In this week’s article, I will cover several different topics and themes.  They are not necessarily related, just kind of items to “clear off the desk!”



During the course of the fall, several comments and questions have come to the district about issues of open enrollment.  In particular, the question has been raised about the ability of a district to close itself to open enrollment.

This is a challenging question on many levels.  Initially, the Minnesota statutes provide a foundation supporting the process of open enrollment.  The law assumes that schools across the state will participate in open enrollment opportunities.  There has to be cause and action to limit the process.

Specifically, the law outlines that a school board may limit open enrollment but it may not actually “close” the process.  Minnesota Statute 124#.03 says, “A board may, by resolution, limit the enrollment of nonresident pupils in its schools or programs…”  Note that the law does not permit an end to the process; it only allows a limit.

The limit is also defined.  The limit cannot be less than one percent of the total enrollment or the number of district residents who have enrolled out.    Even within this, there are other issues because the board must adopt standards for acceptance and rejection of applications.  Those standards “may include the capacity of a program, excluding special education services; class; or school building.”  There is a long list of issues that cannot be considered.  Essentially, a building or program must be full.

Beyond the limitations in statute, there is also a financial question that a school district must consider.  State financial aid follows each student enrolling in or out of a district.  A district may limit enrollment coming in but it cannot stop students from leaving.  This condition almost assures a district of a net loss of operating funds if it chooses to place limits on the number of students coming in.

ROCORI has more students enrolling into the district than the number leaving.  As such, the open enrolled students have a very positive effect on the district’s operating funds.  Our district would experience significant budget reductions if open enrollment were limited.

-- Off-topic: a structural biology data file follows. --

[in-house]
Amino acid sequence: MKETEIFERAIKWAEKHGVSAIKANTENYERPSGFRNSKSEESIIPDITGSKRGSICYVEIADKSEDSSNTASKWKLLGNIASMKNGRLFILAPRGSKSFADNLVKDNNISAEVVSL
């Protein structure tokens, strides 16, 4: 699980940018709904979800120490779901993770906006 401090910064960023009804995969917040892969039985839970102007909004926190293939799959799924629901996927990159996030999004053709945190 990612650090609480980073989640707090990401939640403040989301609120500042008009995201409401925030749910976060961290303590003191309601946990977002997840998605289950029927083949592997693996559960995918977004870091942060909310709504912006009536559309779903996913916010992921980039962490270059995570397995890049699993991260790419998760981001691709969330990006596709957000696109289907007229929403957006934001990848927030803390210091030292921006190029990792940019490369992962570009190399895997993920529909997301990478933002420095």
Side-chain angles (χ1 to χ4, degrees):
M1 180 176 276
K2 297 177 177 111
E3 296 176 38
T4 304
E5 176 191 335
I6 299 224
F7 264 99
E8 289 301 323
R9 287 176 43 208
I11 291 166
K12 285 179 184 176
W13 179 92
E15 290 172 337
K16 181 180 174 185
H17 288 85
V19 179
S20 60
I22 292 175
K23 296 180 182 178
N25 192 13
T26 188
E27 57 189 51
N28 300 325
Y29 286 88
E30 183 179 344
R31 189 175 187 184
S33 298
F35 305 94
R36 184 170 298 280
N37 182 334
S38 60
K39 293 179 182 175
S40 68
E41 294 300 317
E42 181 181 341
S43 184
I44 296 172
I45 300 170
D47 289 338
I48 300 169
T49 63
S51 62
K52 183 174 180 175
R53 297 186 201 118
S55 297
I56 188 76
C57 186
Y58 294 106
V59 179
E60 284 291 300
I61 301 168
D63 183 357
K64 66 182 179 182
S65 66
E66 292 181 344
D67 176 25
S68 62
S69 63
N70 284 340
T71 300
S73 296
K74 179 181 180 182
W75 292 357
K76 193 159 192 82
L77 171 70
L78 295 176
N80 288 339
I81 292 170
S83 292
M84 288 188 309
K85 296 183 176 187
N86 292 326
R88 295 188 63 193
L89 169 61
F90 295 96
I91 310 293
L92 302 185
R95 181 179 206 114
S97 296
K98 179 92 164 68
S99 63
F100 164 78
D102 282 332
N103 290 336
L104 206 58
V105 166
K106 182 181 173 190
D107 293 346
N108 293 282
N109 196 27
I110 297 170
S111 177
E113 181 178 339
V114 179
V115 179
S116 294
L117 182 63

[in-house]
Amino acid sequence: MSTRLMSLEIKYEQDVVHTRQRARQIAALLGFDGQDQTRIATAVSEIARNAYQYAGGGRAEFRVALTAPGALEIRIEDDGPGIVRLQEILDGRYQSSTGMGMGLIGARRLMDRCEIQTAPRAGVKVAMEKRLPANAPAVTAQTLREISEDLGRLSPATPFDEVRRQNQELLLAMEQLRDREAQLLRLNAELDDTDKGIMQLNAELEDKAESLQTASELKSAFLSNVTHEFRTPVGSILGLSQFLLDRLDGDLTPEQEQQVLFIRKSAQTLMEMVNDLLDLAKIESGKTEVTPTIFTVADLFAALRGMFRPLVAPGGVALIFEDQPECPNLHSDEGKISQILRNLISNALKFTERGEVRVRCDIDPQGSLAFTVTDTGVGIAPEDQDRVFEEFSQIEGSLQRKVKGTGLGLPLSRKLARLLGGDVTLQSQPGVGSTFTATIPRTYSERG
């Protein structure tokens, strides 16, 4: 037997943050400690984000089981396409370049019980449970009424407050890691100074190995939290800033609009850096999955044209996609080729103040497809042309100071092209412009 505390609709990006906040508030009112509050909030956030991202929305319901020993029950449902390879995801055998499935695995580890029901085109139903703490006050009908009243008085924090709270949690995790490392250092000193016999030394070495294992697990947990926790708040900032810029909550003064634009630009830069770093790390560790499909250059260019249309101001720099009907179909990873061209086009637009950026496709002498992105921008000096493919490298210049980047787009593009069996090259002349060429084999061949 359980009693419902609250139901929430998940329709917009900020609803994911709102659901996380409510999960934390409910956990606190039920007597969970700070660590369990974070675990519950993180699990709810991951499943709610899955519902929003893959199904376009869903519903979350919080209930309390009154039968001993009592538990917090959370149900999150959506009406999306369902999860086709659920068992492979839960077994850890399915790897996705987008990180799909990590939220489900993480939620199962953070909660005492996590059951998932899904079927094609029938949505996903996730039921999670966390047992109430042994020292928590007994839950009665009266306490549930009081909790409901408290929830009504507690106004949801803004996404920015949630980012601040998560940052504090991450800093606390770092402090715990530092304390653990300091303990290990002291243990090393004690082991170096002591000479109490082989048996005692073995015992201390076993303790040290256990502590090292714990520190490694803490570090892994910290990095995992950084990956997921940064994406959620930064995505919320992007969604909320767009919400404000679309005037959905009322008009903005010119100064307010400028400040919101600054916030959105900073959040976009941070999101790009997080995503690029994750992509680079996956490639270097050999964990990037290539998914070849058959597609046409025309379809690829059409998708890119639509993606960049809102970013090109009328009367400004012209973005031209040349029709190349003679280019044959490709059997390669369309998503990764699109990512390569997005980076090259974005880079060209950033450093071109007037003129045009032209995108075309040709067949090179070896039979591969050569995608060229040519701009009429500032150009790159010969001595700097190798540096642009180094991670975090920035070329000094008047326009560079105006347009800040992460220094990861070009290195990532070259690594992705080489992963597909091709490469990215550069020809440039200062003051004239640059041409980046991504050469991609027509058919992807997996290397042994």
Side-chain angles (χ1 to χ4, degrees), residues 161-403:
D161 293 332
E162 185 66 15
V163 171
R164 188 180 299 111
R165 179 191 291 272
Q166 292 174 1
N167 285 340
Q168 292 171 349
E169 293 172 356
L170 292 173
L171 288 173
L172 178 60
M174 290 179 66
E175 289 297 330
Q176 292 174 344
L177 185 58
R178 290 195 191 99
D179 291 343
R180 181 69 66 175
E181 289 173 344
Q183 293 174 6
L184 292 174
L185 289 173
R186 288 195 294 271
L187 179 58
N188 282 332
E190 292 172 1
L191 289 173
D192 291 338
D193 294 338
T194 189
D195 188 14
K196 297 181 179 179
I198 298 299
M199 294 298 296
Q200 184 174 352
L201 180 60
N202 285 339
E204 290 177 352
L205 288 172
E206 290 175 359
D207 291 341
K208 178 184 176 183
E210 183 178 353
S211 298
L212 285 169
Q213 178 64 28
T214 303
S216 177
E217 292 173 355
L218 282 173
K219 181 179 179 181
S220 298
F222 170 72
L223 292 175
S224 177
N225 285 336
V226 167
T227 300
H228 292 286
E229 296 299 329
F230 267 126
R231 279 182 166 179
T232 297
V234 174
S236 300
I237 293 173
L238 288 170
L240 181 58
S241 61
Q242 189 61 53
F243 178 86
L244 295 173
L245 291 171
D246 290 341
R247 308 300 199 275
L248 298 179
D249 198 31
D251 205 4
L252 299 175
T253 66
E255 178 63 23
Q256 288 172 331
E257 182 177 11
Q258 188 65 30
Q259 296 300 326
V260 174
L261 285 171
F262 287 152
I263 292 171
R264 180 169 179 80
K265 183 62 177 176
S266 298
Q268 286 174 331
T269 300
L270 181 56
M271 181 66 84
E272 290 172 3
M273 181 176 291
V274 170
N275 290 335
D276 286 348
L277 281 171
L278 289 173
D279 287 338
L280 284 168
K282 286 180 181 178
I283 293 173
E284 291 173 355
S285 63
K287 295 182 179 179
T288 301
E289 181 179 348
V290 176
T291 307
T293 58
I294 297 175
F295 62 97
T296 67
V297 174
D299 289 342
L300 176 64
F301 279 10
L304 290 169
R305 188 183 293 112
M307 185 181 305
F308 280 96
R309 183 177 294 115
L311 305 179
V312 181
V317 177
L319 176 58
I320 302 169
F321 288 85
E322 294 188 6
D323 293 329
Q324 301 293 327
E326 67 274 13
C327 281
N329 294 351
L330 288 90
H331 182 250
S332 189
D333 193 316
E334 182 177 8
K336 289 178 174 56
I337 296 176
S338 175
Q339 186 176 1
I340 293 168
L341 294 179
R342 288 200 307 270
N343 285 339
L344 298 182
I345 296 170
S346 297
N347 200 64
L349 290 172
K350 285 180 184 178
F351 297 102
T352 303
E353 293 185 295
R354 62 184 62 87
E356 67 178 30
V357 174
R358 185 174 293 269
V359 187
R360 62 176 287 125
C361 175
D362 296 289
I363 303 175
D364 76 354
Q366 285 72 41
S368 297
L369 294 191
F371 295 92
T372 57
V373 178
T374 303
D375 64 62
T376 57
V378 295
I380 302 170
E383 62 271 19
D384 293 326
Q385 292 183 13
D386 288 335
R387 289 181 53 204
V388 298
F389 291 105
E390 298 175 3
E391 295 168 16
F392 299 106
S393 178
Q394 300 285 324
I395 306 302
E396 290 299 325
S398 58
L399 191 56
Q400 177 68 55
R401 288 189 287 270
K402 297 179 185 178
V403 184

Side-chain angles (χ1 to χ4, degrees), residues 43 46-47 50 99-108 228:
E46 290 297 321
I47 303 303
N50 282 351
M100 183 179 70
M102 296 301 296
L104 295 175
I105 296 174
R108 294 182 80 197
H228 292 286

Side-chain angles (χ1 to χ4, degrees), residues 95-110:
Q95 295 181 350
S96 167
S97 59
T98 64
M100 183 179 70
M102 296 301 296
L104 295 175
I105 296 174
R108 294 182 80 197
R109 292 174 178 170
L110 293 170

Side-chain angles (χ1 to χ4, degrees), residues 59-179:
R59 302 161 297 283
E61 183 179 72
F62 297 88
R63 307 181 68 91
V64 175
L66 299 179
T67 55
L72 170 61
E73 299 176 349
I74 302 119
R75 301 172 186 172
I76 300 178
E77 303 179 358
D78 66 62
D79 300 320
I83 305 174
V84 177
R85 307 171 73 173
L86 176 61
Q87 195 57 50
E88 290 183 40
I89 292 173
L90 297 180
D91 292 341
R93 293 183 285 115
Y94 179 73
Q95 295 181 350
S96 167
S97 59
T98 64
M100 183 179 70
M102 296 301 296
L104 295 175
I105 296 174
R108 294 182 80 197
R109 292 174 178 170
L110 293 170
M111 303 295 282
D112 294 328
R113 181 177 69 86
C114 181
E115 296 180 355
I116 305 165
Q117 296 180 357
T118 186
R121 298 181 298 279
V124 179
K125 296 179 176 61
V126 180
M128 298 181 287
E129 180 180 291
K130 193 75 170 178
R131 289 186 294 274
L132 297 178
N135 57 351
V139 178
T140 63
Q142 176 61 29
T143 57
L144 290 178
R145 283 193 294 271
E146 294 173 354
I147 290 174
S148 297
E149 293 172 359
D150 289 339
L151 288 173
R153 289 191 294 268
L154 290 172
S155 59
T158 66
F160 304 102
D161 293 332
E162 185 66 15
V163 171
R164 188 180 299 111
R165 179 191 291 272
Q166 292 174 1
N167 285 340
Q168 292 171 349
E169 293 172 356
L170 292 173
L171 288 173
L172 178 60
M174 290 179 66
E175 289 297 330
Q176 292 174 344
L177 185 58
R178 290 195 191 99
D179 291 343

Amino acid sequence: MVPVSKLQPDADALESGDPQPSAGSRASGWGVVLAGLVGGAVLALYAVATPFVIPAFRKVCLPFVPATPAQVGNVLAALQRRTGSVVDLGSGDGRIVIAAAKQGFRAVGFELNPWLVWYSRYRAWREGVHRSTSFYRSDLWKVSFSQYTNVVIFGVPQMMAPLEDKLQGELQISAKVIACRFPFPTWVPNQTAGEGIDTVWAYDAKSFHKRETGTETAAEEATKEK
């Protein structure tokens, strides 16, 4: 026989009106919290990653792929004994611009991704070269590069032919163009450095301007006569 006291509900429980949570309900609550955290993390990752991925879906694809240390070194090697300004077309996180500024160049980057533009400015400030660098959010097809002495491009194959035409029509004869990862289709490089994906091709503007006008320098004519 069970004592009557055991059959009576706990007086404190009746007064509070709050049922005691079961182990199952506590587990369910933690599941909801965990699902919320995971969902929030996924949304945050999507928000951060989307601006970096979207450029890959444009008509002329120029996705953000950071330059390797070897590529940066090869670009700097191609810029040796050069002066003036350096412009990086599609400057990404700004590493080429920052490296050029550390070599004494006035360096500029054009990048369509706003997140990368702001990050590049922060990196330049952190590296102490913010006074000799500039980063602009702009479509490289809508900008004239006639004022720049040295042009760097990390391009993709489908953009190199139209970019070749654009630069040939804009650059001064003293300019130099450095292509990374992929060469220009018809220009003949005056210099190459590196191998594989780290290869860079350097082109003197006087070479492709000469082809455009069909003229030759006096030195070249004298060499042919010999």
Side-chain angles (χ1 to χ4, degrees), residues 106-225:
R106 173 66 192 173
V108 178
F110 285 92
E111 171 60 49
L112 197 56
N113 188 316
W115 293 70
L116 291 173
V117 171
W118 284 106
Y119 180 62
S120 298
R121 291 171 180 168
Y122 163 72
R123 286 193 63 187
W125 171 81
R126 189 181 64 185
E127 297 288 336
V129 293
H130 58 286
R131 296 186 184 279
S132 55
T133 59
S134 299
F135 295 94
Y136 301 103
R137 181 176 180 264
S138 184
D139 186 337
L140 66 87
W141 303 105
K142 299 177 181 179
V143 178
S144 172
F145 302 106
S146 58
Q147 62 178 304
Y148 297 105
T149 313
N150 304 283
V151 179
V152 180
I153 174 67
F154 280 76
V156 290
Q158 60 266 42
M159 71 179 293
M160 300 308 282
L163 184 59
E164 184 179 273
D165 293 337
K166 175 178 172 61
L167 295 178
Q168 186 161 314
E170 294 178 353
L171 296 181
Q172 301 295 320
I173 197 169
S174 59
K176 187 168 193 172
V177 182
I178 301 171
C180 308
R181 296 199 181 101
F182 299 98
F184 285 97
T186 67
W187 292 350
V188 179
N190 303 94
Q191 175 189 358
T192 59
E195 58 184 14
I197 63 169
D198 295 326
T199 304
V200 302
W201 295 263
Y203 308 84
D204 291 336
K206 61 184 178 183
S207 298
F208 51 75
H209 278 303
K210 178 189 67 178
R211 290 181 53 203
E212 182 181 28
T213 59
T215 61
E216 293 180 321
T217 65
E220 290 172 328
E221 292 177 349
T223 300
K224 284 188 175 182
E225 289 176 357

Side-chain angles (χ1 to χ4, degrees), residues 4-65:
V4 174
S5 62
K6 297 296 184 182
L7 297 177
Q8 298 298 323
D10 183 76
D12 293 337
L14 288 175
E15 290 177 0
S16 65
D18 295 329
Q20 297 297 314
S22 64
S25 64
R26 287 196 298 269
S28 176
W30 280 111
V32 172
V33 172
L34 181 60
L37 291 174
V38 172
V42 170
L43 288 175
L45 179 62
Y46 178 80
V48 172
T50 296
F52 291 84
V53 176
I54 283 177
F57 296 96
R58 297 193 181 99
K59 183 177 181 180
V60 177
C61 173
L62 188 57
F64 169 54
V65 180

The ROCORI School District is a member of Resource Training and Solutions.  As such, programs conducted through Resource Training and Solutions are available to ROCORI staff as well as community members.

There are a number of parent education programs being conducted through Resource Training and Solutions.  The classes are part of a series labeled, Discover the Magic of Parenting.  They include Parenting the Love and Logic Way (November 7 and 14), Parenting Angry Teens (December 14),  1-2-3 Magic (January 21), and Rape, Anger and Aggression in Children and Adolescents:  How to Understand and Calm the Angry Mind (January 24). 

Information on the classes is available on-line at resourcetraining.com or by calling 320-255-3236.  More classes will be available in the spring.



Tuesday, November 8, is Election Day.  There are a myriad of offices and positions on the ballot from the President of the United States to local officials and judges. 

The ROCORI School District has School Board positions being determined in the election.  The terms of current board members Mike Austreng, Nadine Schnettler and Lynn Schurman expire at the end of the calendar year.  In addition, the seat previously held by Richard Bohannon is vacant.

Jason Wesenberg is the only person to file for the two years remaining on the vacant seat.  Six candidates have filed for the four-year seats.  The candidates include Nicole Bottleberghe, Sunny Hesse, Shannon Humbert, Debbie Nelson, Nadine Schnettler and Lynn Schurman.

School board positions are as local and direct as governing positions can become.  ROCORI constituents are encouraged to go out to the polls and be sure to cast your ballot in the School Board election.



The ROCORI School District will host an early morning meeting on Wednesday, November 9, at 7:30 a.m.  The meeting will include information about the ROCORI academic program at each building.  More importantly, those in attendance will have opportunity to ask questions about the academic program and offer feedback on our system.

The meeting is part of the district reporting process for the Minnesota Department of Education’s World’s Best Work Force (WBWF) initiative.  As part of the WBWF requirements, the district must share information about the academic work of the system.  Within the reporting process, community residents and parents must be afforded opportunity to comment about or offer feedback on the educational programs.

Community members are welcome, and encouraged, to participate with the meeting on November 9.  It will be held in the District Board room near Door 11 of the secondary building.